Sparked by Words


Everyday should be International Women’s Day, but if we need a day set aside to celebrate the achievements of women in order to let people everywhere know how wonderful we are, then I’m hopping on the bridge to help you cross from the side called Don’t Know Much to the other end marked This Is One Long List.

To acknowledge the many women all over the world who’ve contributed to the fields of:

animal (veterinary, daily care, groomers, companion and animal assistant training, aquarium, zoo, or rescue site employees)

architects (buildings, monuments, and bridges, city, suburban, commercial, landscape)

armed forces (all branches, every level, serving on U.S. soil or deployed abroad)

art (creating, exhibiting, curating in all fields of photography, painting, designing, drawing, sculpting, and ceramics)

banking (tellers, investment and accounting)

beauticians (hair cutting and styling, manicures, pedicures)

builders (carpenters, house builders, commercial builders, electricians, metal workers, repairmen, contractors, laborers, repairmen)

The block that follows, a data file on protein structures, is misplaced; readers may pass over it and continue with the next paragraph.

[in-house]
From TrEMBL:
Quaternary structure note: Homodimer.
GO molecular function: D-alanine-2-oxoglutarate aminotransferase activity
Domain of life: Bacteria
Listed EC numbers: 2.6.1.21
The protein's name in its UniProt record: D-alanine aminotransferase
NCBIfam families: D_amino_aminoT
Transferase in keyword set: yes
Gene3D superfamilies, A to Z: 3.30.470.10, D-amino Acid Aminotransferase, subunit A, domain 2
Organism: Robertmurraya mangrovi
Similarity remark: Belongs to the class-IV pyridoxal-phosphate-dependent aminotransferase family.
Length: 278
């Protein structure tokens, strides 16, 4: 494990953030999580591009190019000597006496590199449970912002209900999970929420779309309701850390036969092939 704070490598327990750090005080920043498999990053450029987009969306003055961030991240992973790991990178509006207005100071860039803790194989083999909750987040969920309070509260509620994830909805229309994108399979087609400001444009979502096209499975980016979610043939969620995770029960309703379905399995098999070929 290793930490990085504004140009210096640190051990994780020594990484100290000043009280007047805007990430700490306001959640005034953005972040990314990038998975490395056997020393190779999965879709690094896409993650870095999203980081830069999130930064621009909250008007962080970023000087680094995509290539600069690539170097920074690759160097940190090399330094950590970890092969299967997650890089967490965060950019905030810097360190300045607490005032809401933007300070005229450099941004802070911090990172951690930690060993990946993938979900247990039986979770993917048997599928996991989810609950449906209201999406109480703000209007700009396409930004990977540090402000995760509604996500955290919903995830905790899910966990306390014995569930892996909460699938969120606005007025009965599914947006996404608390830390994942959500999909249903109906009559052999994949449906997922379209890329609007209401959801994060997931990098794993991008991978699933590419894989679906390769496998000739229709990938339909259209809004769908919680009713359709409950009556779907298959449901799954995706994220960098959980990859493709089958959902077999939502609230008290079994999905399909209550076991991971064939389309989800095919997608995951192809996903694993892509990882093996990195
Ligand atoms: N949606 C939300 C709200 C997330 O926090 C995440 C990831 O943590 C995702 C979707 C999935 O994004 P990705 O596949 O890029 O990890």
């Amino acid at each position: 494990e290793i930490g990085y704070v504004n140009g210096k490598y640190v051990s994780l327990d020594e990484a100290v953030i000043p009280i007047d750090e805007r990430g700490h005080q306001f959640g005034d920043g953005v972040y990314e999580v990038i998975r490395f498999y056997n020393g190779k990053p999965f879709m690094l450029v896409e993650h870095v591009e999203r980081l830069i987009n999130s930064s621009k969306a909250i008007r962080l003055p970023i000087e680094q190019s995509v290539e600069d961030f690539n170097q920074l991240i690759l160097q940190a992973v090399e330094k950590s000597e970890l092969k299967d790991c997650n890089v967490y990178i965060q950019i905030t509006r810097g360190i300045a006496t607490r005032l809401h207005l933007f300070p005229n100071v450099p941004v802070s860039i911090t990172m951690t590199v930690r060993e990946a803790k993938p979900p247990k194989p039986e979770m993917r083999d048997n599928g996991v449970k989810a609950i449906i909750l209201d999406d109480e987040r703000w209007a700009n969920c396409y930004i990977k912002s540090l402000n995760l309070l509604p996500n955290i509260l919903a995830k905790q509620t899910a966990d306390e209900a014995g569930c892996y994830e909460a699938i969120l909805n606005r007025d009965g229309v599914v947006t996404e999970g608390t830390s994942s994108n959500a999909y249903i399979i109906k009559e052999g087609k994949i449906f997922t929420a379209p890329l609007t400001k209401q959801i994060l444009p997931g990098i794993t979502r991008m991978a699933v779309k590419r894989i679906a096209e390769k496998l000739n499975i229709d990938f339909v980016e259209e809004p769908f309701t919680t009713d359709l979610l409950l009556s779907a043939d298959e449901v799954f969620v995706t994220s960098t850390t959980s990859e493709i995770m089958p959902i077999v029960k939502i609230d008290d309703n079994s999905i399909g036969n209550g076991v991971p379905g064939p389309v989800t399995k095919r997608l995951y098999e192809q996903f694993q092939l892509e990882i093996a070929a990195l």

childcare (baby sitters, nannies, au pair)

cleaners and landscapers (housekeepers, gardeners, commercial maintenance workers)

culinary arts (chefs, cooks, waitresses, dish washers)

dance (choreography, those on their feet)

documentation and archival support (librarians, secretaries, clerks, researchers)

drivers (bus, taxi, limousine)

education (classroom teaching, administration, curriculum development, clerical support, assistants, substitute teachers, all fields and subjects, all levels from pre-school to university)

engineering (civil, industrial, mechanical, electrical, software)

entertainment (acting, directors, cameramen, off- or back stage support, stage, film, theater, video, commercials)